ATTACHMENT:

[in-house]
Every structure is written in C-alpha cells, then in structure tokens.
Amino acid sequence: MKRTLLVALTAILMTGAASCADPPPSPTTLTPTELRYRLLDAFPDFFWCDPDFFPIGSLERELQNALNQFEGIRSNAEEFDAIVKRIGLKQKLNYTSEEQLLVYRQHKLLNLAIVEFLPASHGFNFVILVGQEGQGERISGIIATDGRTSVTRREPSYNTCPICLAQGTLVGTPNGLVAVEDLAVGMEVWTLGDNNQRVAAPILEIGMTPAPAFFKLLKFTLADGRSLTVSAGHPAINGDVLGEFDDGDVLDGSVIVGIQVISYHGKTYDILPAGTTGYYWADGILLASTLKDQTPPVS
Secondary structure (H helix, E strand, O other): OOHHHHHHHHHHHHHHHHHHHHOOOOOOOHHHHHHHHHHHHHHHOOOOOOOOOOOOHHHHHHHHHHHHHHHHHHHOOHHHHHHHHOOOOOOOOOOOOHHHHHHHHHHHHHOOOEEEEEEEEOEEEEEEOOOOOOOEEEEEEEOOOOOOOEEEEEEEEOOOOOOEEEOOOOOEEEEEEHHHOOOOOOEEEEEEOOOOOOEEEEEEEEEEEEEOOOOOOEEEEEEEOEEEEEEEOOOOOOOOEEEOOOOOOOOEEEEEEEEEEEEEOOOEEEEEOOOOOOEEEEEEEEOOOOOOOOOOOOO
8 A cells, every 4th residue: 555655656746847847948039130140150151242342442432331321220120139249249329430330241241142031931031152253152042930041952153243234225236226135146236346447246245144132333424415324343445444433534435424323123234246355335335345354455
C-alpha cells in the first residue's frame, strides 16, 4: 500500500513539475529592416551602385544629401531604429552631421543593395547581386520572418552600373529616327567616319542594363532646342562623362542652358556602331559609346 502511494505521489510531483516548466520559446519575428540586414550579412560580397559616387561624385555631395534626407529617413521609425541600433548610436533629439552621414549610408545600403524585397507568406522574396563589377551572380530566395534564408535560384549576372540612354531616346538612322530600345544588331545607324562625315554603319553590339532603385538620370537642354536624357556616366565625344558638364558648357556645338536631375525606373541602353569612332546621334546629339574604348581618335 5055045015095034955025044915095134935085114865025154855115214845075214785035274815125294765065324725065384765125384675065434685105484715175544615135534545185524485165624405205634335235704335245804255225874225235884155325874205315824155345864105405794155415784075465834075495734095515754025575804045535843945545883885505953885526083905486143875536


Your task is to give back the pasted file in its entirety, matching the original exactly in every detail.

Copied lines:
[in-house]
Every structure is written in C-alpha cells, then in structure tokens.
Amino acid sequence: MKRTLLVALTAILMTGAASCADPPPSPTTLTPTELRYRLLDAFPDFFWCDPDFFPIGSLERELQNALNQFEGIRSNAEEFDAIVKRIGLKQKLNYTSEEQLLVYRQHKLLNLAIVEFLPASHGFNFVILVGQEGQGERISGIIATDGRTSVTRREPSYNTCPICLAQGTLVGTPNGLVAVEDLAVGMEVWTLGDNNQRVAAPILEIGMTPAPAFFKLLKFTLADGRSLTVSAGHPAINGDVLGEFDDGDVLDGSVIVGIQVISYHGKTYDILPAGTTGYYWADGILLASTLKDQTPPVS
Secondary structure (H helix, E strand, O other): OOHHHHHHHHHHHHHHHHHHHHOOOOOOOHHHHHHHHHHHHHHHOOOOOOOOOOOOHHHHHHHHHHHHHHHHHHHOOHHHHHHHHOOOOOOOOOOOOHHHHHHHHHHHHHOOOEEEEEEEEOEEEEEEOOOOOOOEEEEEEEOOOOOOOEEEEEEEEOOOOOOEEEOOOOOEEEEEEHHHOOOOOOEEEEEEOOOOOOEEEEEEEEEEEEEOOOOOOEEEEEEEOEEEEEEEOOOOOOOOEEEOOOOOOOOEEEEEEEEEEEEEOOOEEEEEOOOOOOEEEEEEEEOOOOOOOOOOOOO
8 A cells, every 4th residue: 555655656746847847948039130140150151242342442432331321220120139249249329430330241241142031931031152253152042930041952153243234225236226135146236346447246245144132333424415324343445444433534435424323123234246355335335345354455
C-alpha cells in the first residue's frame, strides 16, 4: 500500500513539475529592416551602385544629401531604429552631421543593395547581386520572418552600373529616327567616319542594363532646342562623362542652358556602331559609346 502511494505521489510531483516548466520559446519575428540586414550579412560580397559616387561624385555631395534626407529617413521609425541600433548610436533629439552621414549610408545600403524585397507568406522574396563589377551572380530566395534564408535560384549576372540612354531616346538612322530600345544588331545607324562625315554603319553590339532603385538620370537642354536624357556616366565625344558638364558648357556645338536631375525606373541602353569612332546621334546629339574604348581618335 5055045015095034955025044915095134935085114865025154855115214845075214785035274815125294765065324725065384765125384675065434685105484715175544615135534545185524485165624405205634335235704335245804255225874225235884155325874205315824155345864105405794155415784075465834075495734095515754025575804045535843945545883885505953885526083905486143875536